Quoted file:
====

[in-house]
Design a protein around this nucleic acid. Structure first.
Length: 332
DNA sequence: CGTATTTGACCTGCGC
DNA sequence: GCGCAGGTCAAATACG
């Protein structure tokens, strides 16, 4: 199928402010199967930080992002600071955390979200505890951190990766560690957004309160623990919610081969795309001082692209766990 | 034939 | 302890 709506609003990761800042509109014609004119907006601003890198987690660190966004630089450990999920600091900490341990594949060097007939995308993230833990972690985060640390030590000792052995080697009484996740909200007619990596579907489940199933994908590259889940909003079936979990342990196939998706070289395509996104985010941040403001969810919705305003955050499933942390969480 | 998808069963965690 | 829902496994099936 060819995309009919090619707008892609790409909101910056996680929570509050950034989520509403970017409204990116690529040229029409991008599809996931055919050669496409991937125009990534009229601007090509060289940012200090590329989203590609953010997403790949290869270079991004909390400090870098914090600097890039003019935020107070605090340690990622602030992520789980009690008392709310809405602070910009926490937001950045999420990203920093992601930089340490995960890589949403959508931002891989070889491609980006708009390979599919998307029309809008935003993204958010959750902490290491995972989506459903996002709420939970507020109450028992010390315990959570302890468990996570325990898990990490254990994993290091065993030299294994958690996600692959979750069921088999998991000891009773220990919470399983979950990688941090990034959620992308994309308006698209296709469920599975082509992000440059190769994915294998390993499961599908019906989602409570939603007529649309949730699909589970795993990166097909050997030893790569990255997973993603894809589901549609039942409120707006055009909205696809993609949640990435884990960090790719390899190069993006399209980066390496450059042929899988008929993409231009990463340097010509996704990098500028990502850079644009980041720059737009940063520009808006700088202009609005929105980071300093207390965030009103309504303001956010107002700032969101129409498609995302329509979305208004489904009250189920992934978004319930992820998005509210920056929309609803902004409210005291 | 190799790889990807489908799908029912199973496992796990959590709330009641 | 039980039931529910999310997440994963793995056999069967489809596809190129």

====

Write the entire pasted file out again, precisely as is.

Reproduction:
[in-house]
Design a protein around this nucleic acid. Structure first.
Length: 332
DNA sequence: CGTATTTGACCTGCGC
DNA sequence: GCGCAGGTCAAATACG
């Protein structure tokens, strides 16, 4: 199928402010199967930080992002600071955390979200505890951190990766560690957004309160623990919610081969795309001082692209766990 | 034939 | 302890 709506609003990761800042509109014609004119907006601003890198987690660190966004630089450990999920600091900490341990594949060097007939995308993230833990972690985060640390030590000792052995080697009484996740909200007619990596579907489940199933994908590259889940909003079936979990342990196939998706070289395509996104985010941040403001969810919705305003955050499933942390969480 | 998808069963965690 | 829902496994099936 060819995309009919090619707008892609790409909101910056996680929570509050950034989520509403970017409204990116690529040229029409991008599809996931055919050669496409991937125009990534009229601007090509060289940012200090590329989203590609953010997403790949290869270079991004909390400090870098914090600097890039003019935020107070605090340690990622602030992520789980009690008392709310809405602070910009926490937001950045999420990203920093992601930089340490995960890589949403959508931002891989070889491609980006708009390979599919998307029309809008935003993204958010959750902490290491995972989506459903996002709420939970507020109450028992010390315990959570302890468990996570325990898990990490254990994993290091065993030299294994958690996600692959979750069921088999998991000891009773220990919470399983979950990688941090990034959620992308994309308006698209296709469920599975082509992000440059190769994915294998390993499961599908019906989602409570939603007529649309949730699909589970795993990166097909050997030893790569990255997973993603894809589901549609039942409120707006055009909205696809993609949640990435884990960090790719390899190069993006399209980066390496450059042929899988008929993409231009990463340097010509996704990098500028990502850079644009980041720059737009940063520009808006700088202009609005929105980071300093207390965030009103309504303001956010107002700032969101129409498609995302329509979305208004489904009250189920992934978004319930992820998005509210920056929309609803902004409210005291 | 190799790889990807489908799908029912199973496992796990959590709330009641 | 039980039931529910999310997440994963793995056999069967489809596809190129």